In the master bath, the room looked cold before adding the dark walnut vanity. After, the room came to life, and contrasted against the darker elements.
Seeing the result, and the combo with the slate tile, we knew we wanted a similar look in the kitchen. Essentially, several elements from the bathroom were a trial run for the kitchen remodel; slate floors, tongue and groove planks, and walnut cabinetry. The slate has held up beautifully, and we love the subtle texture the tongue and groove adds. Just recently, we added the walnut to the kitchen scene. It’s so amazing how different wood looks unfinished versus unfinished.
Bland, gray-ish sanded wood transforms to bold and beautiful. Not to be confused with The Bold and the Beautiful soap opera. The change isn’t nearly as dramatic. Nothing dead coming back to life twenty years later.
One drawer stack oiled, the other waiting to get attention:
The left side below the cooktop is actually two fronts attached to the single trash drawer. Super sneaky ninja move right there.
Getting all the drawer fronts attached and oiled made a world of difference, but the lack of toe kick needed attention. I pestered Ben a few times, trying to get out of the 90-95% finished rut.
Voila, the magic of the internet. Toe kicks instantly appear.
To skip the awkward leaning on the floor, applying oil while avoiding getting it on the floor, shoulder cramps that’ll surely follow routine, I applied water based poly before install. That way it’s a one and done deal. The rest is sealed with teak oil.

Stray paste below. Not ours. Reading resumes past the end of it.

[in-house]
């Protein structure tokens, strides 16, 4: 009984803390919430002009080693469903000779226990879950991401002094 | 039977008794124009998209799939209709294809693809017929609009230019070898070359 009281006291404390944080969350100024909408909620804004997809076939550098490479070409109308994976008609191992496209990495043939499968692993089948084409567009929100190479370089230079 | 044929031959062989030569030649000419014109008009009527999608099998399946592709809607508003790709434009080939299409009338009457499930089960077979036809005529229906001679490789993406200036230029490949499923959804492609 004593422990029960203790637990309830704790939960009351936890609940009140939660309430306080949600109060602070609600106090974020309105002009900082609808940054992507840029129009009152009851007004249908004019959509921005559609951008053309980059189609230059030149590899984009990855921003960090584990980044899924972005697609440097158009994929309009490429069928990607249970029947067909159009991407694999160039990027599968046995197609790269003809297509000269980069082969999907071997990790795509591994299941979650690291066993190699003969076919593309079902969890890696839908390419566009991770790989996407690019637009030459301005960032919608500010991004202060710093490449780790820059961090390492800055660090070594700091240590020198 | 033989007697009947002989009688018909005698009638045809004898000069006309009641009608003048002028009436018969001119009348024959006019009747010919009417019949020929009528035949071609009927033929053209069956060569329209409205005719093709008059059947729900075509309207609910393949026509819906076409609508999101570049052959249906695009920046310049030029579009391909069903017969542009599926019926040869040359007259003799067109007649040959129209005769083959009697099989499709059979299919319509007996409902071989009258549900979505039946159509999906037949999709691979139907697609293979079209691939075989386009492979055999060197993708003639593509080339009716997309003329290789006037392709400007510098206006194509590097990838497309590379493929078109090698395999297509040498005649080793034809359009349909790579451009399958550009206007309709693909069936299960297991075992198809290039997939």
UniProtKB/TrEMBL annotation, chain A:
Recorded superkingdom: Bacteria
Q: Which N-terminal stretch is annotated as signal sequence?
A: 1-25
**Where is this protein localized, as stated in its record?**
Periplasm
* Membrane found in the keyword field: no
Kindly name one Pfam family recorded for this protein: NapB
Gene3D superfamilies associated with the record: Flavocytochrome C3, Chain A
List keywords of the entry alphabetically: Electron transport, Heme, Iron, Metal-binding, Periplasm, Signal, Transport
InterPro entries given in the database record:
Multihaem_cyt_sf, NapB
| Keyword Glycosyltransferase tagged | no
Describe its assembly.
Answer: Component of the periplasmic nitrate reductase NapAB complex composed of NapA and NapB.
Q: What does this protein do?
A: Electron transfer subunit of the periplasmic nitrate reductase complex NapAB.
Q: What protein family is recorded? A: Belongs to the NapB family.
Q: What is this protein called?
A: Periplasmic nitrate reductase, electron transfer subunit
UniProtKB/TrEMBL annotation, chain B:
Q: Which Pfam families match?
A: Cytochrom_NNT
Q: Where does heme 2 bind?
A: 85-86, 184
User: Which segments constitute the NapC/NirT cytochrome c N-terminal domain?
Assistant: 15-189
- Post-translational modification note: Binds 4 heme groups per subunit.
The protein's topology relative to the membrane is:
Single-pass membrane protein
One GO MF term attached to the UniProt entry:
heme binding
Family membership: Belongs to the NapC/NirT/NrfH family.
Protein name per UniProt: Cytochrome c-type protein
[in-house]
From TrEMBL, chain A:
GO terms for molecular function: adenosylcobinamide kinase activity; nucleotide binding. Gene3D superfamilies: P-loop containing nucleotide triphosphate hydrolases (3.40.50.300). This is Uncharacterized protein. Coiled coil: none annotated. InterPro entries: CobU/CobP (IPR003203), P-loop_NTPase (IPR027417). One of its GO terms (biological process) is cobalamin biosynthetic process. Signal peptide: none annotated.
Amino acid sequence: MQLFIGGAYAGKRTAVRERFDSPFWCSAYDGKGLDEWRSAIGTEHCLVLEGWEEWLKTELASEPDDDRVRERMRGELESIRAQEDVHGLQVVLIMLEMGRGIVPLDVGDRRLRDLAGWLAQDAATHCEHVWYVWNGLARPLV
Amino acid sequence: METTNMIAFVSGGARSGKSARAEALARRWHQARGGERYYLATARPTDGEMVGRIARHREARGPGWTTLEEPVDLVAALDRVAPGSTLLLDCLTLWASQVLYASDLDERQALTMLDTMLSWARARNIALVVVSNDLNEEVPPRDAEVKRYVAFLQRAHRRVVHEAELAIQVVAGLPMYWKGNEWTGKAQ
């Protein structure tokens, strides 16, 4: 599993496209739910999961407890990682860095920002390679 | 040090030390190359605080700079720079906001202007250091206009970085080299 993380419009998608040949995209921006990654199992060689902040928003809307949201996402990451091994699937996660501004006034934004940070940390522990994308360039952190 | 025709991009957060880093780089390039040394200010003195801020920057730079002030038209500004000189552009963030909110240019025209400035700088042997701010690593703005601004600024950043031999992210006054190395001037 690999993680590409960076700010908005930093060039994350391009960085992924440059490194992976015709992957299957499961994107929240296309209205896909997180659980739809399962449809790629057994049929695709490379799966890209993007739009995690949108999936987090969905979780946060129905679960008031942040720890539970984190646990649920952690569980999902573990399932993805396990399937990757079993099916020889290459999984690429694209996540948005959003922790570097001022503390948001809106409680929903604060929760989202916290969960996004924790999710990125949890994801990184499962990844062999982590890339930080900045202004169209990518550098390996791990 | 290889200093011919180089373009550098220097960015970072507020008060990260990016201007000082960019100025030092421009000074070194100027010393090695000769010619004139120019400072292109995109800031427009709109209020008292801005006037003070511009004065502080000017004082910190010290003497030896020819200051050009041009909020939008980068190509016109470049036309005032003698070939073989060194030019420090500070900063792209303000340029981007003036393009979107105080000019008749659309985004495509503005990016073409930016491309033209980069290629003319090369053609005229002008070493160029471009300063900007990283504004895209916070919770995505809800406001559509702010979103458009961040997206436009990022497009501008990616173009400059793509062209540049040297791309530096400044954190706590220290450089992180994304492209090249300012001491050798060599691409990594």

So far, I’ve got three coats on everything. Lightly sanding between coats makes the finish ultra smooth, leaving a subtle sheen.
We chose teak oil because it’s easy to reapply as necessary. Either as a rejuvenating/refresher coat or if there’s a damaged area in need of sanding. On this side of the kitchen, we have to finish the last 5% by closing off the sink cabinet.
And grout the tile behind the cooktop.
Sometimes, as we work on things, plans change. In our original plan, the walnut also covered the back of the bar area. For a few reasons, we had to change gears and go in a different direction. Nine foot, clear (no knot holes completely through) boards are seemingly impossible to get right now. We also couldn’t secure the boards without visible nails or screws marring the faces. Which kind of defeated the purpose of attaching a pretty wood to the back. A line of nails would bug the crap out of me. Plywood only comes in 8 foot lengths, leaving a seam somewhere along the back. Again, it would drive me nuts.
Ben suggested tiling the back to match the backsplash, but I thought it’d look too busy. Instead, we attached 1/2 inch MDF, with casement covering the seam and divided the back into four areas. Once we get four stools, each will have a designated area. Not our first plan, but the white looks fresh against the maple.
Now I have to finish the wall smoothing and we’ll be able to build the cabinet across from the breakfast nook. I’m really pushing to become a 100% finisher. Any lingering projects you’re finishing up?